• To further illustrate that lower bit-line currents indicate closer matches, it is worthwhile to consider an example where the memory cell 315 2 in string 310 2 in column 212 1 has a threshold voltage of 1V instead 3V, as shown in brackets in FIG. 4, and the memory cell 315 1 in string 310 2 in column 212 1 has a threshold voltage of 3V instead 1V, as shown in brackets in FIG. 4. Note that this corresponds to a component A2 having a binary value of 1. Therefore, the data feature vector DF1 (A)=(A1, A2, AN)1 stored in column 212 1 has a binary value of 010. Therefore, data feature vector DF1 (A) mismatches input feature vector 400 in the least significant bit, i.e., component BN of input feature vector 400 mismatches component AN of data feature vector DF1 (A).
  • In this example, memory cell 315 2 remains ON in response to applying the voltage VWL2=4V to the word line 220 2 in block 210 2, but memory cell 315 1 is OFF in response to applying the voltage VWL1=2V to the word line 220 1 in block 210 2.
  • The data feature vector DF1 (A)=(A1, A2, AN)1=010 matches input feature vector 400 (IF(B)=(B1, B2, BN)=010) more closely than data feature vector DF1 (A)=(A1, A2, AN)1=000 that was previously stored in column 212 1 and was discussed above. This is because the mismatch between data feature vector DF1 (A) and input feature vector IF(B) occurs only in the least significant bit, whereas the mismatch between data feature vector DF1 (A) and input feature vector IF(B) occurs both in the second-most significant bit and the in the least significant bit.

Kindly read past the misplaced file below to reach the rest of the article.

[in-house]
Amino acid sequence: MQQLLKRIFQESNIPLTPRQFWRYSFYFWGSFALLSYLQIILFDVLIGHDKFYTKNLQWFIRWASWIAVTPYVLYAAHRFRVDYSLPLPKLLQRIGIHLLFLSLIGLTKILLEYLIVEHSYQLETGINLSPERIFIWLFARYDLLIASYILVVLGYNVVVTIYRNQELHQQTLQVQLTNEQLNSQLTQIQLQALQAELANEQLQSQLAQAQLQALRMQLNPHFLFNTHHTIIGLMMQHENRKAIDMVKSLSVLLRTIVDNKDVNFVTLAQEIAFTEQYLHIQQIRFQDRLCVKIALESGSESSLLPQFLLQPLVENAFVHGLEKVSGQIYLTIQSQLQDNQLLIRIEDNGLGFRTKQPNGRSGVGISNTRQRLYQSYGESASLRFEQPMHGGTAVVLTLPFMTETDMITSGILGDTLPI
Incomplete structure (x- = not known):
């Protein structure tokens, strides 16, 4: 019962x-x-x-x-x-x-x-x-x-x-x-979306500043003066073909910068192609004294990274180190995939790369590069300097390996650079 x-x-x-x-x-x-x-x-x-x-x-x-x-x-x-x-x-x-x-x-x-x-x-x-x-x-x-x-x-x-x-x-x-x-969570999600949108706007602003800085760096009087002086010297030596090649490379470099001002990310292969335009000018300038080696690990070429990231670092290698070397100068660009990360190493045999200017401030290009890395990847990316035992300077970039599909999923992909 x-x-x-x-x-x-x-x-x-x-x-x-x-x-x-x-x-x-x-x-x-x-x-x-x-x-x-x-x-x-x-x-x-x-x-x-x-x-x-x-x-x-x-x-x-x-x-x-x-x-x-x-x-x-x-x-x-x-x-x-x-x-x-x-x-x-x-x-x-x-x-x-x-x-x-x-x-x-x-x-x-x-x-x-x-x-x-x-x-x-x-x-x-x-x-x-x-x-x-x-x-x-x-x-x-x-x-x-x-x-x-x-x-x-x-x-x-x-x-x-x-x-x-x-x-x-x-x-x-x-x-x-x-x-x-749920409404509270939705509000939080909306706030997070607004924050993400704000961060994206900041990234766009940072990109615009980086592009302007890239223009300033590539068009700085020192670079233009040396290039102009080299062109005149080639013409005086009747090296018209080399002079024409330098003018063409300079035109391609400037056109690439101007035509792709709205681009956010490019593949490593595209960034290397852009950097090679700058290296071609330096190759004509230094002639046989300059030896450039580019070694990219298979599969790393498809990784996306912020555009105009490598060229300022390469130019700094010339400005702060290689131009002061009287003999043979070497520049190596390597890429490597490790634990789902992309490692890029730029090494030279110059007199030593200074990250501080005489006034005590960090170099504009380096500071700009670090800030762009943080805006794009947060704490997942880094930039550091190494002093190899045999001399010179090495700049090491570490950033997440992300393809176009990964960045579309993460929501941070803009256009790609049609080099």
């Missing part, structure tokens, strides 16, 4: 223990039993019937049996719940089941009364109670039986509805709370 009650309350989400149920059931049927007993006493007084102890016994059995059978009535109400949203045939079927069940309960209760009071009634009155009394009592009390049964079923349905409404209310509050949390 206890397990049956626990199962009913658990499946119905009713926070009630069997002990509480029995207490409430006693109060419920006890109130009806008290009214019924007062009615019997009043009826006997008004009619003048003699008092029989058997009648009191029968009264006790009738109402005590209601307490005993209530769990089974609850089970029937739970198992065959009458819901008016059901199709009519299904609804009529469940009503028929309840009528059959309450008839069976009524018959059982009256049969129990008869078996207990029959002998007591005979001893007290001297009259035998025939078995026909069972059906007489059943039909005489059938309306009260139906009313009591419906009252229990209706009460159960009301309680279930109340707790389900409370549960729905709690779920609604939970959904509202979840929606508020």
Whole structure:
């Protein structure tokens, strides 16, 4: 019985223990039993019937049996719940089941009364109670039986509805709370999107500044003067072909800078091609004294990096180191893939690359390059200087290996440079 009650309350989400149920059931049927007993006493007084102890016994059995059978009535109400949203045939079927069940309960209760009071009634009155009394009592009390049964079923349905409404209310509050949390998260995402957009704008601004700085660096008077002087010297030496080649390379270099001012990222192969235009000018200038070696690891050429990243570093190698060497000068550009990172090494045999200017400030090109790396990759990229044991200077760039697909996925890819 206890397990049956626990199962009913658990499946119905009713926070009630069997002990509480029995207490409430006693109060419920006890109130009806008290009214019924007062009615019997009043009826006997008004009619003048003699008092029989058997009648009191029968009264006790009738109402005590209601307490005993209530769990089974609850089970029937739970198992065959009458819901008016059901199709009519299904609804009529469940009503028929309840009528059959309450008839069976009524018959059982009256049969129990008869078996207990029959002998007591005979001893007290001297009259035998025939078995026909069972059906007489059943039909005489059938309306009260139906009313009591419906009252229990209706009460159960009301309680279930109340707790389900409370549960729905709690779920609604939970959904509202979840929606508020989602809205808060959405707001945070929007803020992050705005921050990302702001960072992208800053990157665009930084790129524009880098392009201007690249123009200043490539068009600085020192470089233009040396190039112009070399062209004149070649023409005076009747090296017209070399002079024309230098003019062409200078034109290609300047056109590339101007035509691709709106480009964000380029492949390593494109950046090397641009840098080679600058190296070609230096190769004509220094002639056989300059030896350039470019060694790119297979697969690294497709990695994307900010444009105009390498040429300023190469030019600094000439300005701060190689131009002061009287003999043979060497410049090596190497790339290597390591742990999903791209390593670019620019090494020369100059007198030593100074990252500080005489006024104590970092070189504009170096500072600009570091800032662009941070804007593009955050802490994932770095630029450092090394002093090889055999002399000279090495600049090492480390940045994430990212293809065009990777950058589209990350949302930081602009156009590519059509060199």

• In the case of data feature vector DF1 (A), the current from charged bit line 215 1 is prevented from flowing through string 310 1 of column 212 1, in that memory cell 315 2 in string 310 1 is OFF. Current from charged bit line 215 1 is also prevented from flowing through string 310 2 of column 212 1, in that memory cell 315 1 in string 310 2 is OFF. Therefore, the current from charged bit line 215 1 only flows through string 310 N, in that both memory cell 315 1 and memory cell 315 2 in string 310 N of column 212 1 are ON.
  • However, in the case of data feature vector DF1 (A), the current from charged bit line 215 1 that flows through string 310 N is reduced by a factor of 2N-1, owing to the weight factor of ½N-1 on block 210 N and string 310 N. This current is now the only contribution to the current IA1 (FIGS. 2 and 3) on bit line 215 1, so the level of the current IA1 on bit line 215 1 is about ½N-1 of the level of the substantially unreduced current on bit line 215 L, as compared to the previous case of the data feature vector DF1(A), where the level of total current IA1 on bit line 215 1 was about (½+½N-1) of the level of the current on bit line on bit line 215 L. The reduced current is indicative that the mismatch between data feature vector DF1 (A)=010 and input feature vector IF(B)=011 occurs only in the least significant bit as opposed to the mismatch between data feature vector DF1(A)=000 and input feature vector IF(B)=011 occurring in both the second-most significant bit and the least significant bit.